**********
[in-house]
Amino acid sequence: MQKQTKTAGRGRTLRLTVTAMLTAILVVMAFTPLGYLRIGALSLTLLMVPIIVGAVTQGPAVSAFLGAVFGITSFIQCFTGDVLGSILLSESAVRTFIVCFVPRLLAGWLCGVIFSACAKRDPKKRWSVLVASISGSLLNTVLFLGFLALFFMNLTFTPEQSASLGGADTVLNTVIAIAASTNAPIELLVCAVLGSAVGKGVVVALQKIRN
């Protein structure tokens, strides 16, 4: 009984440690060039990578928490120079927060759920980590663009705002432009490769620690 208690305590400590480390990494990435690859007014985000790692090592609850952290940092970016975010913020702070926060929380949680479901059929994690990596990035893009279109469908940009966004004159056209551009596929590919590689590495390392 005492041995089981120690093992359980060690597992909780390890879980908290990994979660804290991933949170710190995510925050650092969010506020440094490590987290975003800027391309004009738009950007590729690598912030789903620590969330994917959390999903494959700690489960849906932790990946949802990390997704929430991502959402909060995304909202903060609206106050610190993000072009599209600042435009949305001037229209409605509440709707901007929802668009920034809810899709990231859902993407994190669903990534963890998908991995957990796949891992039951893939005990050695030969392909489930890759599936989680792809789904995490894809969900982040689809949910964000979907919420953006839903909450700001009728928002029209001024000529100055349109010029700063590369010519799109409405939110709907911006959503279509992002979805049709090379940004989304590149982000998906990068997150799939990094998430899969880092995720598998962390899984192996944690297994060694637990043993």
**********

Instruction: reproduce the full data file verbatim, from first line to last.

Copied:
[in-house]
Amino acid sequence: MQKQTKTAGRGRTLRLTVTAMLTAILVVMAFTPLGYLRIGALSLTLLMVPIIVGAVTQGPAVSAFLGAVFGITSFIQCFTGDVLGSILLSESAVRTFIVCFVPRLLAGWLCGVIFSACAKRDPKKRWSVLVASISGSLLNTVLFLGFLALFFMNLTFTPEQSASLGGADTVLNTVIAIAASTNAPIELLVCAVLGSAVGKGVVVALQKIRN
């Protein structure tokens, strides 16, 4: 009984440690060039990578928490120079927060759920980590663009705002432009490769620690 208690305590400590480390990494990435690859007014985000790692090592609850952290940092970016975010913020702070926060929380949680479901059929994690990596990035893009279109469908940009966004004159056209551009596929590919590689590495390392 005492041995089981120690093992359980060690597992909780390890879980908290990994979660804290991933949170710190995510925050650092969010506020440094490590987290975003800027391309004009738009950007590729690598912030789903620590969330994917959390999903494959700690489960849906932790990946949802990390997704929430991502959402909060995304909202903060609206106050610190993000072009599209600042435009949305001037229209409605509440709707901007929802668009920034809810899709990231859902993407994190669903990534963890998908991995957990796949891992039951893939005990050695030969392909489930890759599936989680792809789904995490894809969900982040689809949910964000979907919420953006839903909450700001009728928002029209001024000529100055349109010029700063590369010519799109409405939110709907911006959503279509992002979805049709090379940004989304590149982000998906990068997150799939990094998430899969880092995720598998962390899984192996944690297994060694637990043993």